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Letter from John Adams to Abigail Adams, 28 April 1796

My Dearest Friend

Our Coach is Still immoveable. The Anarchical Warriours are beat out of all their Entrenchments by the Arguments of the Friends of Peace and order. But Party Spirit is blind and deaf, totally destitute of Candour, unfeeling to every candid sentiment. The People are alarmed and Petitions are coming from all Quarters, mostly in favour of the Treaty. The Business will not be finished, if the first Vote should be against the Treaty in the House. The Senate must then take up the Subject and send down a Bill for Appropriating Monies for the British Treaty which will occasion another Debate in the House.

I have no Letter from you this Week as yet.

Mr. Madison looks worried to death. Pale, withered, haggard. Livingston looks like Horror. They have brought themselves into great Embarrassment. Gallatin has been exposed and his Ignorance as well as his other Ridicules held up. It is intolerable that a Forreigner, should act such a Part as he has done and yet go on.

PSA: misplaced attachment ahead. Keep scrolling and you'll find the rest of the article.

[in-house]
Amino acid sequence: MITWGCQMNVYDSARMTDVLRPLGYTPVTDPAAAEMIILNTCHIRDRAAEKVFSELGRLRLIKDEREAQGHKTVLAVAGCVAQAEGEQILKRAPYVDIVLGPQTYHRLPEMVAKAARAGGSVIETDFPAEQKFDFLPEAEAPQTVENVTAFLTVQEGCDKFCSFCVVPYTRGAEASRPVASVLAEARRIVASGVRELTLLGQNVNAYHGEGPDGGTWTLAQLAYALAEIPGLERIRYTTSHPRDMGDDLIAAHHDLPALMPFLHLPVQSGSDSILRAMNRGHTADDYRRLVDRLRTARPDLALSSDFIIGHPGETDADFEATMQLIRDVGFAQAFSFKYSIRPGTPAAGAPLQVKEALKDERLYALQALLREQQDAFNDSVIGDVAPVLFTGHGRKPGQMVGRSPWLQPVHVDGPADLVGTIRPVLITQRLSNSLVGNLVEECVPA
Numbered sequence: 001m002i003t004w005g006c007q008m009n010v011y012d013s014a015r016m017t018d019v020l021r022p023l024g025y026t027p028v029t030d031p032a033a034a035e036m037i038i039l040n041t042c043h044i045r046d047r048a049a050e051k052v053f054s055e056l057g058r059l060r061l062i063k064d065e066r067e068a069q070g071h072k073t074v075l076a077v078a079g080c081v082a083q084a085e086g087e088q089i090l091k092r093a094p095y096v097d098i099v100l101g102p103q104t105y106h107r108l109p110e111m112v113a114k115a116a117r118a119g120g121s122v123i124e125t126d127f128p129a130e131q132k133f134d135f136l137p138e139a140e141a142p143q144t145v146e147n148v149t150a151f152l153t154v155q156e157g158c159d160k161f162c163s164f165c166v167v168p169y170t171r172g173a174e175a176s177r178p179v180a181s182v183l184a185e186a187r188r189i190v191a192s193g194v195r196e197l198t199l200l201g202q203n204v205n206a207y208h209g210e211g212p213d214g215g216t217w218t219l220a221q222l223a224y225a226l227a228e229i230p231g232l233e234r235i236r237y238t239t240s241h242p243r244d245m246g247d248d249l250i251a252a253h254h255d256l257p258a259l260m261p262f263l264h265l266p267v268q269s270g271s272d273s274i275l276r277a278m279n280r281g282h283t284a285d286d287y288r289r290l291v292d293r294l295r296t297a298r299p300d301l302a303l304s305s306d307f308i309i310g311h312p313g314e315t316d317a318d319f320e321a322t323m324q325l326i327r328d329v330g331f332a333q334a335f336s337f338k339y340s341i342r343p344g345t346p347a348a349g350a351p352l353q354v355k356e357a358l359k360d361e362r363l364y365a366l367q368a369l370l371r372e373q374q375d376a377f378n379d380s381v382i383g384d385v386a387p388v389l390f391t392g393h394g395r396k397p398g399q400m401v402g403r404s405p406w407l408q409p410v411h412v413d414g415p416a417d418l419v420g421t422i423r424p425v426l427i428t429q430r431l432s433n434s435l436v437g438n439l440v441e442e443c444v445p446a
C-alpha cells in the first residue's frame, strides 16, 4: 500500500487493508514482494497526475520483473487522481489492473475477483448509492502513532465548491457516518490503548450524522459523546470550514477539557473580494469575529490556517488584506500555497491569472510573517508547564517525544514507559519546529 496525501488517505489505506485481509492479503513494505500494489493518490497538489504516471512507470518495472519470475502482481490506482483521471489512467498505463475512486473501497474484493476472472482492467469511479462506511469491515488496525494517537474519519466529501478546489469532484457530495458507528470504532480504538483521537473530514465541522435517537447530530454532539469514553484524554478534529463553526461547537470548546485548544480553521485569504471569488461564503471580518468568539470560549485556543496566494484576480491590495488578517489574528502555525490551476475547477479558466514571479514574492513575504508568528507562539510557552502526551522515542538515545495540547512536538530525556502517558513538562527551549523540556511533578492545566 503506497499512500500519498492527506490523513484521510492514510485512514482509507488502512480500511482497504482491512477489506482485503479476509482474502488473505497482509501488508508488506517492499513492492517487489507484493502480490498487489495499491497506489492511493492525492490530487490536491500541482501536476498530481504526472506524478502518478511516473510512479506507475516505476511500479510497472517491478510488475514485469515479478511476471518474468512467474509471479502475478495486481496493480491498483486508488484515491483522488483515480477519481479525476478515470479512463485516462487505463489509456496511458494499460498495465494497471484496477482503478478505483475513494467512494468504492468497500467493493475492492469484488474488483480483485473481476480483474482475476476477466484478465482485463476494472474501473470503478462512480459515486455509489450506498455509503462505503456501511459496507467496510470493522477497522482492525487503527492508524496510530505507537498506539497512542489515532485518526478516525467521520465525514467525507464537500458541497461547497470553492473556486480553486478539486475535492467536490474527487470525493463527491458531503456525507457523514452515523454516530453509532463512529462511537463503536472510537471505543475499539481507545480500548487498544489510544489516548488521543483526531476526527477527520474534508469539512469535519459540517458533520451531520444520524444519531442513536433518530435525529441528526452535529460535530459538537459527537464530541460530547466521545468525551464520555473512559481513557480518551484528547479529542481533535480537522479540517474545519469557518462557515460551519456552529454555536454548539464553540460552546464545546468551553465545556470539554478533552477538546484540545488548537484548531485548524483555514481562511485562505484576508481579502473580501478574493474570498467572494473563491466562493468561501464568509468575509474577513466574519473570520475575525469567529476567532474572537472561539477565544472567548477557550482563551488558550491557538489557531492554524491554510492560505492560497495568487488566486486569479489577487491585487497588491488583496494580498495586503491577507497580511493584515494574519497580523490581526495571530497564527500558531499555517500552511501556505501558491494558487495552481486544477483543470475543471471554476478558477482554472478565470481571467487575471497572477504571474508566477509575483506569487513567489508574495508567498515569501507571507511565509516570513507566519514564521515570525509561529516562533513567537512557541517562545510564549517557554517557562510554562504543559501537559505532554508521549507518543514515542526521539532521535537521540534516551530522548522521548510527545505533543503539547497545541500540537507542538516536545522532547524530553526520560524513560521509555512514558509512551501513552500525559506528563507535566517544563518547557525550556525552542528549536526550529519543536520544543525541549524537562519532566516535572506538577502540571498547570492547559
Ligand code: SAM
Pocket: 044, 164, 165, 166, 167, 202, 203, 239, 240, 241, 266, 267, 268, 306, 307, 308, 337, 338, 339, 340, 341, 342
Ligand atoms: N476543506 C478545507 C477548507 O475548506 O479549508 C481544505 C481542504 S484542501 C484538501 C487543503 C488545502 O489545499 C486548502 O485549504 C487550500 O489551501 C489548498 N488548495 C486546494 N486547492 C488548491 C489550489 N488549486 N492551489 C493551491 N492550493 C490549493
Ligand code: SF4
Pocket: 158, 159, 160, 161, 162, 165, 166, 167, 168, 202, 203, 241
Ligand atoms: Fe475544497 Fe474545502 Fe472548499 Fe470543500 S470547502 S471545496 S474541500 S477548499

I am with long habits of Attachment Your

Mrs A

Cite web page as: Letter from John Adams to Abigail Adams, 28 April 1796 [electronic edition]. Adams Family Papers: An Electronic Archive. Massachusetts Historical Society. http://www.masshist.org/digitaladams/
Original manuscript: Adams, John. Letter from John Adams to Abigail Adams, 28 April 1796. 1 page. Original manuscript from the Adams Family Papers, Massachusetts Historical Society.
Source of transcription: Adams Papers Editorial Project. Unverified transcriptions.
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